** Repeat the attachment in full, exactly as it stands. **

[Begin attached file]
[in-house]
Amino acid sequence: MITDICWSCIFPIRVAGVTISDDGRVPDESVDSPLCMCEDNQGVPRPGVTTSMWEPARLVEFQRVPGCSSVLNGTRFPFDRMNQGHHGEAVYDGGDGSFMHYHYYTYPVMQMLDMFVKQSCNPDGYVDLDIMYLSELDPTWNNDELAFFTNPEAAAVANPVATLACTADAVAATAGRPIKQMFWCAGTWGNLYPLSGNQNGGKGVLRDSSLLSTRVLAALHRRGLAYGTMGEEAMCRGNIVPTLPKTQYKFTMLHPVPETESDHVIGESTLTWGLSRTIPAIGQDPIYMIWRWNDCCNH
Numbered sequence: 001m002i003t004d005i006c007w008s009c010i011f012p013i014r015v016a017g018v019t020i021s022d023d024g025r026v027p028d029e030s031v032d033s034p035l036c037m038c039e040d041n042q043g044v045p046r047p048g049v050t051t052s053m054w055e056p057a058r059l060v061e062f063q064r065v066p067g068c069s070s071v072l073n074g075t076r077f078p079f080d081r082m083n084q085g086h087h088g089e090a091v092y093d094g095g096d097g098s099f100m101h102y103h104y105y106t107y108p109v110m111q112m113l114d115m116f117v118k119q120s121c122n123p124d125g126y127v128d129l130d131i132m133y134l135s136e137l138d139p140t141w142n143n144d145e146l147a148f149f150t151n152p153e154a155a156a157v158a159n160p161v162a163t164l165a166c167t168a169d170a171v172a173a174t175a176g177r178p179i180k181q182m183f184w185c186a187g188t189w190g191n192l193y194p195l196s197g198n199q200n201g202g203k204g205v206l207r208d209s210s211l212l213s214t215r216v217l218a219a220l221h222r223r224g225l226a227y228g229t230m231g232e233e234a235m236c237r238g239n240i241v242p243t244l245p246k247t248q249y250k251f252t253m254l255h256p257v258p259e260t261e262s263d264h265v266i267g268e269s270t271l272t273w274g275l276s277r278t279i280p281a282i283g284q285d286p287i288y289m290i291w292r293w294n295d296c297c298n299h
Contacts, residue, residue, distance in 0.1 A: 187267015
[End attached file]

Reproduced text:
[in-house]
Amino acid sequence: MITDICWSCIFPIRVAGVTISDDGRVPDESVDSPLCMCEDNQGVPRPGVTTSMWEPARLVEFQRVPGCSSVLNGTRFPFDRMNQGHHGEAVYDGGDGSFMHYHYYTYPVMQMLDMFVKQSCNPDGYVDLDIMYLSELDPTWNNDELAFFTNPEAAAVANPVATLACTADAVAATAGRPIKQMFWCAGTWGNLYPLSGNQNGGKGVLRDSSLLSTRVLAALHRRGLAYGTMGEEAMCRGNIVPTLPKTQYKFTMLHPVPETESDHVIGESTLTWGLSRTIPAIGQDPIYMIWRWNDCCNH
Numbered sequence: 001m002i003t004d005i006c007w008s009c010i011f012p013i014r015v016a017g018v019t020i021s022d023d024g025r026v027p028d029e030s031v032d033s034p035l036c037m038c039e040d041n042q043g044v045p046r047p048g049v050t051t052s053m054w055e056p057a058r059l060v061e062f063q064r065v066p067g068c069s070s071v072l073n074g075t076r077f078p079f080d081r082m083n084q085g086h087h088g089e090a091v092y093d094g095g096d097g098s099f100m101h102y103h104y105y106t107y108p109v110m111q112m113l114d115m116f117v118k119q120s121c122n123p124d125g126y127v128d129l130d131i132m133y134l135s136e137l138d139p140t141w142n143n144d145e146l147a148f149f150t151n152p153e154a155a156a157v158a159n160p161v162a163t164l165a166c167t168a169d170a171v172a173a174t175a176g177r178p179i180k181q182m183f184w185c186a187g188t189w190g191n192l193y194p195l196s197g198n199q200n201g202g203k204g205v206l207r208d209s210s211l212l213s214t215r216v217l218a219a220l221h222r223r224g225l226a227y228g229t230m231g232e233e234a235m236c237r238g239n240i241v242p243t244l245p246k247t248q249y250k251f252t253m254l255h256p257v258p259e260t261e262s263d264h265v266i267g268e269s270t271l272t273w274g275l276s277r278t279i280p281a282i283g284q285d286p287i288y289m290i291w292r293w294n295d296c297c298n299h
Contacts, residue, residue, distance in 0.1 A: 187267015